Wall, come Sunday mornin', when it was time to dress. I'd just got my hair all down, when Hannibal hollered tew me, and said he:

“Ruth Ann! I wish you'd get your needle and thread and dew a little job o' sewin' for me. I find my vest is all split out behind, though goodness knows how it come so. I never wore it but once in my life. It's a bran’ new one."

I thought then of Car'line's letter, and when I see the vest I knew in a minute that he'd took the wrong one, but I gewed the old thing up as well's I could-a pretty lookin' vest it was to be married in—and went to my room feelin' a good deal distarbed and anxious.

His next perdickermunt was wuse yet. This time he

spoke to me so kinder quick and sharp, that I knew it was somethin' serious. I hurried in to see what was the matter now. When I opened the door, there stood Hannibal, in the middle o' the room, lookin' down perplexed like and inquirin' at two old boots-you couldn't call 'em a pair, for I knew the minute I set eyes on 'em that they both belonged to one and the same foot! They both had a round nob stickin' up conspickewous where the big toe went, and another great bulgin' one for the toe j'int. I hadn't never noticed anything peculiar 'bout Hannibal's feet before, but them two boots did look curis enough, and they looked kinder wicked and knowin' somehow, as if they was enjoyin' themselves!

I laughed-I couldn't help it, but Hannibal didn't even smile. He turned to me, and said he:

“Do them two boots look right to you ?”

Then he tried on one, and that was well enough. He put on the other, and--wall, you can imagine how it looked Of course the nobs and bulgin's come in the wrong places, and the hull foot was hind side afore and wrong side tew, as you might say. He took 'em off and revarsed 'em, but still they continnered ter disagree and look wicked at one another. He squared 'em up together as square's he could, and says he:

“Ruth Ann, I believe them boots is odd !”

"Ondoubtedly they be, Hannibal,” says I, “and they look odd; but how do they feel? Can you wear 'em i That is the question.”

“I don't care a continental how they feel,” says he, awful savage; “ I'll wear 'em if they kill me ; but I do wish they didn't look so like the—the evil one!”

I felt like death, but I knew we'd got to make the best of the sitiwation, so I says:

“Oh, I guess they wont be noticed. But you must be sure and set with your feet on the floor and drawed well back under your chair, and you mus’n’t on no 'count cross your legs, or if you dew, be sure and have the right foot on top."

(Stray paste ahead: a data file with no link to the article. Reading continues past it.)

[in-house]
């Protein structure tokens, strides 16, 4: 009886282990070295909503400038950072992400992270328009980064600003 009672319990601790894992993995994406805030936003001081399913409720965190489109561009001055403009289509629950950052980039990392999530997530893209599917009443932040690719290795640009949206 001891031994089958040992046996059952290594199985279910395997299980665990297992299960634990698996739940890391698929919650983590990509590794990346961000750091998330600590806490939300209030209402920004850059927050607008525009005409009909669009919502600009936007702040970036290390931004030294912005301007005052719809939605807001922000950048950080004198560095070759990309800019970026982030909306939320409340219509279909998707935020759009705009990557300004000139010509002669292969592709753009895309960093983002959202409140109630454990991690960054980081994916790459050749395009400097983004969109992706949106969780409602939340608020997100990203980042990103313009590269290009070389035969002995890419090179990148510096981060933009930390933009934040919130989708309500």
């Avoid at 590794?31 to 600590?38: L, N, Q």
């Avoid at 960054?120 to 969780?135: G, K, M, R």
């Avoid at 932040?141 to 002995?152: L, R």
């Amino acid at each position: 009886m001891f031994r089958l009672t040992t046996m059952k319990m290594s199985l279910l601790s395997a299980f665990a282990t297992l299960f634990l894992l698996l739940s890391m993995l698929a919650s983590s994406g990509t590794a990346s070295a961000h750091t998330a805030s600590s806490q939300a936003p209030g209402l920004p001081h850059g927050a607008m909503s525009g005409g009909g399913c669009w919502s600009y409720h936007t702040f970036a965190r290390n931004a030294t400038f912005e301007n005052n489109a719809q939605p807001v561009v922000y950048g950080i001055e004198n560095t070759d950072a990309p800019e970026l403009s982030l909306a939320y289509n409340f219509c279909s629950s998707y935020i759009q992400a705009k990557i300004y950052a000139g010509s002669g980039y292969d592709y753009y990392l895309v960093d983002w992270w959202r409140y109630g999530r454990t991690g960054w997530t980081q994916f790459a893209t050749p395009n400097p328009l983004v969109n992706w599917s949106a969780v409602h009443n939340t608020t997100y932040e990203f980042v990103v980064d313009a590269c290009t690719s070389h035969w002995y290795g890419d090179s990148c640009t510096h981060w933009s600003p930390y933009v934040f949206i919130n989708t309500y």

Then I had ter leave him. I was all worked


but I managed ter finish my toilit with my mother's help, and when I was dreseed I went into the spare chamber where the couples that was goin' to stand up with us was waitin'. I found them all right, and finally Hannibal was ready, and him and me locked arms and perceeded down stairs, follered by the others. Cousin Tripheny and R’yal Hunt came fust, then ’Mandy Plymplon and John Ray, then Cousin Seraphine and 'Siar Chase. There was six of 'em, and they made a noble ’pearance, tew. Jest as we got on to the stairs and Hannibal and me was most to the bottom, all of a sudden he claps his hand to his head and whispers :

“Ruth Ann, I must go back a minute. You wait right here.”

“No, Hannibal,” says I, pullin him along, "you can't go back-how it wouid look!”

But I tell ye I must and I will!” says he, jerkin’ away

and turnin' back. The percession stood stock still on the stairs, and fust one, then t'other whispered down ter know what was the matter, and the folks in the parlor began ter peak out and buzz. I concluded as long's I couldn't be married without Hannibal, I might as well go and look after him. Thinks I ter myself, “Who knows but he means ter put an end to his miserable odd existence !” So when he rushed up the stairs and pitched head fust into his room, I wa’n’t fur behind. And what did I

great silly dew but make a dive fer the lookin'-glass and go through with the motions of brushin' his hair, deliberate and arnest, as if,—wall, as if he'd had some hair! For he's most as bald as a bedpost, and what hair he's got lays down of its own accord as slick as grease, all times ! I was mad. I snatched the brush away and grabbed his arm.

“ Hannibal Hawkins !” says I, firm and determined, I tell ye, “Hannibal Hawkins! you come down stairs with me this instant ; I've had enough o' your oddity fer one day! I've bore all I can or will, and when we're

see that